Clinical effectiveness of open thrombectomy for thrombosed autogenous arteriovenous fistulas and grafts

    loading  Checking for direct PDF access through Ovid

Abstract

Objective:

Arteriovenous (AV) fistulas are the preferred hemodialysis access for patients with end-stage renal disease, although multiple interventions are typically needed to maintain patency. When AV fistulas thrombose, however, there is debate as to whether open thrombectomy should be attempted, particularly for salvage of upper arm fistulas. This study was designed to evaluate outcomes after open thrombectomy of upper arm and forearm AV fistulas compared with AV grafts.

Methods:

We identified all patients who underwent an open thrombectomy procedure for a thrombosed AV fistula or graft at a single academic medical center between January 2006 and March 2017. The specific type of AV fistula or graft was evaluated, as were the patients' demographics, comorbidities, medications, adjunctive procedures during thrombectomy, and secondary interventions. The primary outcome measures, postintervention primary patency and postintervention secondary patency, were analyzed using Kaplan-Meier curves and Cox regression models for risk adjustment.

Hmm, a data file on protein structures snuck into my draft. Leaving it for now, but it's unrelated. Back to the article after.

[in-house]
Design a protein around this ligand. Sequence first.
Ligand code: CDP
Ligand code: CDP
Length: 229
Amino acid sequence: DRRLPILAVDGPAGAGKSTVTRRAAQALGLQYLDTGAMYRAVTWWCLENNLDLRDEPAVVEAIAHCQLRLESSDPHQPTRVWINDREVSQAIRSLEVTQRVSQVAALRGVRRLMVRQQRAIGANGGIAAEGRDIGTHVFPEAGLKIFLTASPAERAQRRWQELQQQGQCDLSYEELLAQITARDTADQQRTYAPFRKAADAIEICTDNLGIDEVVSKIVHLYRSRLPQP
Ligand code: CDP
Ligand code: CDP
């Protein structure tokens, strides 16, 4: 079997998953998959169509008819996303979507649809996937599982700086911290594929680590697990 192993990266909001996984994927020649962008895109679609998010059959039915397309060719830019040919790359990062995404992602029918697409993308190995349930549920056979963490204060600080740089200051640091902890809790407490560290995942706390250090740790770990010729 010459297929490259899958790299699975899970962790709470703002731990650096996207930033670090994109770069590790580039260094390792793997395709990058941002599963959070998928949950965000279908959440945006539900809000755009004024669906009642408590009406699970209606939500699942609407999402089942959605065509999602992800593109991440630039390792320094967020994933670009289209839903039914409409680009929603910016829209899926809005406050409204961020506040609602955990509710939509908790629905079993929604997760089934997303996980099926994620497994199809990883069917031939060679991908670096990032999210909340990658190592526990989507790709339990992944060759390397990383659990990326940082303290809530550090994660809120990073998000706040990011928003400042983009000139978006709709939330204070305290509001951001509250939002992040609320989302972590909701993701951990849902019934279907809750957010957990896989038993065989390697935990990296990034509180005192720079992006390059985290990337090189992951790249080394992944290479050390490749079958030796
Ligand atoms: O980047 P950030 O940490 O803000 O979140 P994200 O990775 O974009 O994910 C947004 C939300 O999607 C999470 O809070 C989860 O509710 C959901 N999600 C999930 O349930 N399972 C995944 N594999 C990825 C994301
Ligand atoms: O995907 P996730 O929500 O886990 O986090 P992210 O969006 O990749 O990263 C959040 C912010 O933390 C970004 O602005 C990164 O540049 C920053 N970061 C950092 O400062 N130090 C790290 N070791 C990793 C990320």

Results:

During the study period, 209 open thrombectomy procedures were performed in 139 patients; 73 (35%) were undertaken in AV fistulas and 136 (65%) in grafts. Patients with upper arm fistulas (n = 52; 54% brachiocephalic, 46% brachiobasilic) and forearm fistulas (n = 16) were more likely to be male but less likely to have cerebrovascular disease or ischemic heart disease and to be receiving anticoagulation therapy compared with graft patients. After thrombectomy, the majority of patients underwent dialysis successfully (70% upper arm fistulas, 56% forearm fistulas, 63% grafts; P > .05), and 1-year survival rates were similar in all three cohorts. Postintervention primary patency at 1 year was significantly higher for AV fistulas vs grafts (33% for upper arm fistulas and 25% for forearm fistulas vs 9% for grafts; P < .05), which was confirmed in multivariate analysis, where upper arm AV fistulas had a 46% lower risk of recurrent thrombosis or secondary intervention (hazard ratio, 0.56; 95% confidence interval, 0.35-0.85; P < .05). Postintervention secondary patency at 1 year was similar between AV fistulas and grafts (44% for upper arm fistulas vs 43% for forearm fistulas vs 31% for grafts; P = .16), but in multivariate analysis, upper arm fistulas were significantly less likely to fail (hazard ratio, 0.63; 95% confidence interval, 0.40-1.00; P = .05).

Conclusions:

Our data suggest that AV fistula thrombectomy is successful in up to 70% of cases, with significantly improved risk-adjusted 1-year primary and secondary patency rates for upper arm fistulas compared with grafts. Whereas the risk of access failure is high after thrombectomy, efforts to salvage upper arm AV fistulas are effective in most patients and should be undertaken when feasible.

Related Topics

    loading  Loading Related Articles